Sunday, March 16, 2008

`Civilisations Do Collapse'

Theodore Dalrymple has a splendid piece in the Spectator on the "malevolence" of book sellers and the sort of threat faced by Prof. Peter Kien in Elias Canetti's Auto-Da-Fe. Here's a sample:

"I have the not altogether unsatisfying impression that civilisation is collapsing around me. Is it my age, I wonder, or the age we live in? I am not sure. Civilisations do collapse, after all, but on the other hand people grow old with rather greater frequency."

1 comment:

Ron Slate said...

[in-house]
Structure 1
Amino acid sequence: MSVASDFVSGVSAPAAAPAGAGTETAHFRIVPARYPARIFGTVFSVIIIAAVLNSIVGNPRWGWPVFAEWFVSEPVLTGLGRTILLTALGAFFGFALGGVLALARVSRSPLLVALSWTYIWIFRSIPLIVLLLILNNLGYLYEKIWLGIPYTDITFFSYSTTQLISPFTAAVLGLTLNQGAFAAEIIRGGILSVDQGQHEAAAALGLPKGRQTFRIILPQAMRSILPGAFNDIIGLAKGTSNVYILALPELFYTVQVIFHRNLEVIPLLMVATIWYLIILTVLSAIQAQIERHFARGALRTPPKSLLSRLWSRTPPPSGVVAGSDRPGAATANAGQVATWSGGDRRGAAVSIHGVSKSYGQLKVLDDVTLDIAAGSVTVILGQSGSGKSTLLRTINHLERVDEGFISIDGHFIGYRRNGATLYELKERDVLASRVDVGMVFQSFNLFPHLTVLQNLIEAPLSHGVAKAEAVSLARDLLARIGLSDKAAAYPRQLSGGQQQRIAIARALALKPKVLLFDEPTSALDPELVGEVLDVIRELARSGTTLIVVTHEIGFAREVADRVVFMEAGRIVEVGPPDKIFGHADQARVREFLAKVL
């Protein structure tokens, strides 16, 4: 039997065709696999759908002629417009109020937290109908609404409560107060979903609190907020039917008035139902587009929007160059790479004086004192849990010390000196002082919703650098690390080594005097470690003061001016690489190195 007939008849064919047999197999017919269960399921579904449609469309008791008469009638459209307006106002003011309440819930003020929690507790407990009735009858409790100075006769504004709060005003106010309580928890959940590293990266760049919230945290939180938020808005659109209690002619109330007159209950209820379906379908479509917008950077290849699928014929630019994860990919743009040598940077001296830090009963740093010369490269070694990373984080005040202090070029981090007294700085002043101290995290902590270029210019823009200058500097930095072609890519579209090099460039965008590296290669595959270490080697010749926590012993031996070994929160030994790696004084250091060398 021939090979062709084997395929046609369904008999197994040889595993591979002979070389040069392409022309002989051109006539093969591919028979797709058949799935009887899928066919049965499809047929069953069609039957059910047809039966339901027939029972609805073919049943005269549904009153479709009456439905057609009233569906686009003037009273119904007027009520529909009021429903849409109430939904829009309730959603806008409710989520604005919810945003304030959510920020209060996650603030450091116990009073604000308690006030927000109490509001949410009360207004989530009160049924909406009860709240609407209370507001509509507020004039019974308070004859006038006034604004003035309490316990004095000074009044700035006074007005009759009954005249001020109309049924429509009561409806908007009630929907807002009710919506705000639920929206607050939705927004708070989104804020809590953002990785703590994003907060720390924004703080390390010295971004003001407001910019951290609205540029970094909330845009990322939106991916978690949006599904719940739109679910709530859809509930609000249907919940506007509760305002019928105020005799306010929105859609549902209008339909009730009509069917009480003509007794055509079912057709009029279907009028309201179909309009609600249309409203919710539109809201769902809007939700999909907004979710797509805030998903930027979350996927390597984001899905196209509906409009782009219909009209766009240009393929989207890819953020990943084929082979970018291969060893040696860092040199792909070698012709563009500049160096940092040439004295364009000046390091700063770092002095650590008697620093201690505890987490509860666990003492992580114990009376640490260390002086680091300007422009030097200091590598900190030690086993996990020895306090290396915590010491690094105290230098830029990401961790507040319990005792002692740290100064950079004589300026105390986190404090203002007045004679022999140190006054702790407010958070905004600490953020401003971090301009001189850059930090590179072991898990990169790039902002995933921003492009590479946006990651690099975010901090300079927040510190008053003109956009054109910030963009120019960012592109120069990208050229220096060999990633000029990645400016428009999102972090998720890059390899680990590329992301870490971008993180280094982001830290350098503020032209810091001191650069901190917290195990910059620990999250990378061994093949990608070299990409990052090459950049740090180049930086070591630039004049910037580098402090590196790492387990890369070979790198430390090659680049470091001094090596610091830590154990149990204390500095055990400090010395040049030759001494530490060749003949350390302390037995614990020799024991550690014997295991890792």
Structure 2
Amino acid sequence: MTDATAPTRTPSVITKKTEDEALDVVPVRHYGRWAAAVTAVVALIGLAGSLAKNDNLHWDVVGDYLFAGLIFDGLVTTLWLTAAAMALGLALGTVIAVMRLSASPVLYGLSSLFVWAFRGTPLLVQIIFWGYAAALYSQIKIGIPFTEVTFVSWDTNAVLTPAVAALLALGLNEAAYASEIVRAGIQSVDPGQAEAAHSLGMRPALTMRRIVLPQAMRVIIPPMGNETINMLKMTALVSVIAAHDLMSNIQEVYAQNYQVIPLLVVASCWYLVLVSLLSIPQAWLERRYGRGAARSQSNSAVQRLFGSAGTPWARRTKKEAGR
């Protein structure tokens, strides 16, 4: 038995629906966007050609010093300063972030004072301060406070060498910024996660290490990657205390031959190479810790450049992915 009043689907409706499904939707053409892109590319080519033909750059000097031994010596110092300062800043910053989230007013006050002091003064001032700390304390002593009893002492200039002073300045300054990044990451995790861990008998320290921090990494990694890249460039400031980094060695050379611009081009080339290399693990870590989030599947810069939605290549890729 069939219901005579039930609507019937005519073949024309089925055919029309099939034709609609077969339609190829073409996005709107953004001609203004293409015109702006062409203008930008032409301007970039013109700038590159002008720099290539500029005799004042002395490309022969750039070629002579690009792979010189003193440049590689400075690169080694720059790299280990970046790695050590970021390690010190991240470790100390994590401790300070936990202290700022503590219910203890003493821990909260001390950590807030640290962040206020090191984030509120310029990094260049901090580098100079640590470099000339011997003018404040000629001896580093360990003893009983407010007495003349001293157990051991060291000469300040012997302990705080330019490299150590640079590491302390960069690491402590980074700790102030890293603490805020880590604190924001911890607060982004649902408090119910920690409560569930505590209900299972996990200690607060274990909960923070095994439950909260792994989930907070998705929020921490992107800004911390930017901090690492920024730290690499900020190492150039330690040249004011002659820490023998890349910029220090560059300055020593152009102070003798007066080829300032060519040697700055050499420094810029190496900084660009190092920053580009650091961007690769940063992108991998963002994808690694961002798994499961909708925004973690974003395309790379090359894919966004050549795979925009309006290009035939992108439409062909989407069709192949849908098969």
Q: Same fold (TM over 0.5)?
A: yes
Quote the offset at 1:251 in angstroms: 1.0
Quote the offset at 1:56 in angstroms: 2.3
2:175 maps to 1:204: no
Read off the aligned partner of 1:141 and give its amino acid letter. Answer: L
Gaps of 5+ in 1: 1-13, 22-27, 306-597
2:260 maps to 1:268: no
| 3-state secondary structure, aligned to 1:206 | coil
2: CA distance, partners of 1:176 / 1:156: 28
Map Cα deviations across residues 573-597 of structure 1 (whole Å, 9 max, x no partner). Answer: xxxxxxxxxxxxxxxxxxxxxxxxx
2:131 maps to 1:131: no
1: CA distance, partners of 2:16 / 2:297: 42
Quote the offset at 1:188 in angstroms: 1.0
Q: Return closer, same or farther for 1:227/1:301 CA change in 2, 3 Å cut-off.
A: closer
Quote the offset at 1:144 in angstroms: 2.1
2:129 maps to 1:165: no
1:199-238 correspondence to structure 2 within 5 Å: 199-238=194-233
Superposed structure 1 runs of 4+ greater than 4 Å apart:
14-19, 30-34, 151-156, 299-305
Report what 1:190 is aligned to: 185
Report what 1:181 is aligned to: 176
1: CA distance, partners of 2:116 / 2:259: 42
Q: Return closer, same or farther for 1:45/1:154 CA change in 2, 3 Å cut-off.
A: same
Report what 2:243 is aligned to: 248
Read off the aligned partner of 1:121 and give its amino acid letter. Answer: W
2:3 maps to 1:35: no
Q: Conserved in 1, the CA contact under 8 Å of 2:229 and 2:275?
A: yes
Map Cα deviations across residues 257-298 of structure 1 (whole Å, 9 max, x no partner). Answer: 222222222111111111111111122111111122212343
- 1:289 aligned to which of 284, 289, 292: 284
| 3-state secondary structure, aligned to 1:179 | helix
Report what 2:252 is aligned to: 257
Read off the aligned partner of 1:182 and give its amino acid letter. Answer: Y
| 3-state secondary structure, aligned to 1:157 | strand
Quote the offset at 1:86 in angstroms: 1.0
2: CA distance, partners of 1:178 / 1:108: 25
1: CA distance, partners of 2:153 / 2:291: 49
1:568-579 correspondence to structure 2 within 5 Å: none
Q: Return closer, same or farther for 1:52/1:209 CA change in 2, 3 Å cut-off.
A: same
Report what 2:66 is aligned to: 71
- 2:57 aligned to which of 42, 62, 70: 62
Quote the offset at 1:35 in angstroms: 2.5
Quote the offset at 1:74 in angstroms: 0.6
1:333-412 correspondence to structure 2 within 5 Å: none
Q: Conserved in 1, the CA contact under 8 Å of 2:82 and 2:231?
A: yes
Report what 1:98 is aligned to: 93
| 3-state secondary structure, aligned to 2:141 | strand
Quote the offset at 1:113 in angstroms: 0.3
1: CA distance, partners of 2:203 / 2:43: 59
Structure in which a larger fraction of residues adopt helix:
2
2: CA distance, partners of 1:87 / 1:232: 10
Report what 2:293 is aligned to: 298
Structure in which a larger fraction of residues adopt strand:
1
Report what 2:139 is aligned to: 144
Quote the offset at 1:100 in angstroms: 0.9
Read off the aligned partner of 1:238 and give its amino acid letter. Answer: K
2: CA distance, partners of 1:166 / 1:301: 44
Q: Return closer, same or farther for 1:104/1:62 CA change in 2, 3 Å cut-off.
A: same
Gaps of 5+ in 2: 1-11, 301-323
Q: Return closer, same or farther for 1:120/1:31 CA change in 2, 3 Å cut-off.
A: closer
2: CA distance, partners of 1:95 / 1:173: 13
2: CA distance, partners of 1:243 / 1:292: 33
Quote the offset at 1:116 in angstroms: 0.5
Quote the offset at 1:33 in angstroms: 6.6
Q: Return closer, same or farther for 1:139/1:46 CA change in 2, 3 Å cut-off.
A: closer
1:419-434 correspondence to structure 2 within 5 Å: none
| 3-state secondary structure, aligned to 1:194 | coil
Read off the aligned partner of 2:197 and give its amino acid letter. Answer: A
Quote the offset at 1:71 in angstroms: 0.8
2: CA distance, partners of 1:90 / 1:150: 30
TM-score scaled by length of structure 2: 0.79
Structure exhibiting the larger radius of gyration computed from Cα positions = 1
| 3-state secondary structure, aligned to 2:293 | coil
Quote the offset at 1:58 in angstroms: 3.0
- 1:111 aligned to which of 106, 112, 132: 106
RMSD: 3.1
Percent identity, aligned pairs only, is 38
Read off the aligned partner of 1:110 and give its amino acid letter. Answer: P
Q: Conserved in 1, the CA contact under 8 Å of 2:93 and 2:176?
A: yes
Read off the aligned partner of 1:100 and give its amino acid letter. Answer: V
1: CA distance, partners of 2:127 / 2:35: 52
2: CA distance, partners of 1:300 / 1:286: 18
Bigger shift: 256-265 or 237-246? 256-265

"I am not sure" is a respectable answer. Here's something from Auden that triggered similar questioning this past weekend: "JULIUS CAESAR has great relevance to our time, though it is gloomier, because it is about a society that is doomed. Octavius only succeeded in giving Roman society a 400 year reprieve. Our society is not doomed, but in such immense danger that the relevance is great. It was a society doomed not by the evil passions of selfish individuals, because such passions always exist, but by an intellectual and spiritual failure of nerve that made the society incapable of coping with its situation." (From LECTURES ON SHAKESPEARE.) You wrote a few days ago about grievances. I fear a politics based on allaying grievances, since its force of emotion may disguise its failure of nerve to deal with the complexity of situations, to compromise, and to see through its own good intentions. But I am not sure.